The problem of changing water conditions is omnipresent in geotechnical engineering. Groundwater is systematically found beneath the Earth's surface in soil pore spaces and rock formation fractures. The flow of groundwater is a fundamental aspect that controls the strength and compressibility of soil, impacting soil's ability to sustain structural loads. The study of groundwater is essential for geotechnical engineers who construct building foundations, tunnels, water conveyance channels, dams, mines, and other structures.
In this context, PLAXIS 2D and PLAXIS 3D are fully equipped with a complete set of tools to model changes of pore water pressure and, more specifically, dewatering, along with its influence on soil mechanical behavior.
Total stress σ = Effective stress σ’+ Pore water pressure u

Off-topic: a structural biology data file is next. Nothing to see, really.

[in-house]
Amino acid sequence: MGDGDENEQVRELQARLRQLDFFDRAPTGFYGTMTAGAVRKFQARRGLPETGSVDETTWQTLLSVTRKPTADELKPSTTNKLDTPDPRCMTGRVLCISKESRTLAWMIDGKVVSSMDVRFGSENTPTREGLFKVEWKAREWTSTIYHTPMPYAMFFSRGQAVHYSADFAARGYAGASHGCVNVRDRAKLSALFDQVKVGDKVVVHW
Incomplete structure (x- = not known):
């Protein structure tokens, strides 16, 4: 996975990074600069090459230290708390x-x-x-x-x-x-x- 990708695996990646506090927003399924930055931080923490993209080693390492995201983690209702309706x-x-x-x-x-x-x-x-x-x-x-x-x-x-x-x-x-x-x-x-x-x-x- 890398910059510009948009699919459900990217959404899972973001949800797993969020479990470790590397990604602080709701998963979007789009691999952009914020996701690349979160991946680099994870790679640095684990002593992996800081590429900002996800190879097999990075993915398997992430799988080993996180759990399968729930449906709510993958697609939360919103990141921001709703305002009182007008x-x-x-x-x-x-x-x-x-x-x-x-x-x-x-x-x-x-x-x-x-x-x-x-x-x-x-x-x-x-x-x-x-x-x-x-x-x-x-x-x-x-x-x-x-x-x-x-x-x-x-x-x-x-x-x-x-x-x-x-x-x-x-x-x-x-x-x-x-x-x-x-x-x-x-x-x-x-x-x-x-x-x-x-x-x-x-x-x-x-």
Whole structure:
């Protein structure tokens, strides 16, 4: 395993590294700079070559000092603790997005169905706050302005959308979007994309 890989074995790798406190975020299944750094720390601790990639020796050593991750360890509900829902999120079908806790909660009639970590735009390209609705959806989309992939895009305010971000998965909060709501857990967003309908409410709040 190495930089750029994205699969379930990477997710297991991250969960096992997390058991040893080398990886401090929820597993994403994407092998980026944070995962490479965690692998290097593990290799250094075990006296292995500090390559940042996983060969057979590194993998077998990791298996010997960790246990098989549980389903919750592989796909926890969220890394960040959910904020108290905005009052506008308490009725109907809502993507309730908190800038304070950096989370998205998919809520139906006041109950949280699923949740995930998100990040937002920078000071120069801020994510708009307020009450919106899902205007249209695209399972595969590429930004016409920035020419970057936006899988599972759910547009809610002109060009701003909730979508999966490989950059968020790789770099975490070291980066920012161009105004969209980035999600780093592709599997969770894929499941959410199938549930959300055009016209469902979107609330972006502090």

Lowering the groundwater will reduce the pore water pressure u and hence will cause an increase and redistribution of soil effective stresses, which will then lead to the settlement and evolution of active and passive pressure in surrounding buried structures.
The definition of water levels in PLAXIS can be performed during soil stratigraphy definition when defining boreholes or within Flow mode. The Flow mode enables the definition of additional water levels different than the initial one. Additional water levels might then be referenced (globally, or locally in some limited numbers of soil clusters in the model) to simulate the process of dewatering.
Such groundwater analyses require the definition of additional parameters for the constitutive materials, such as:
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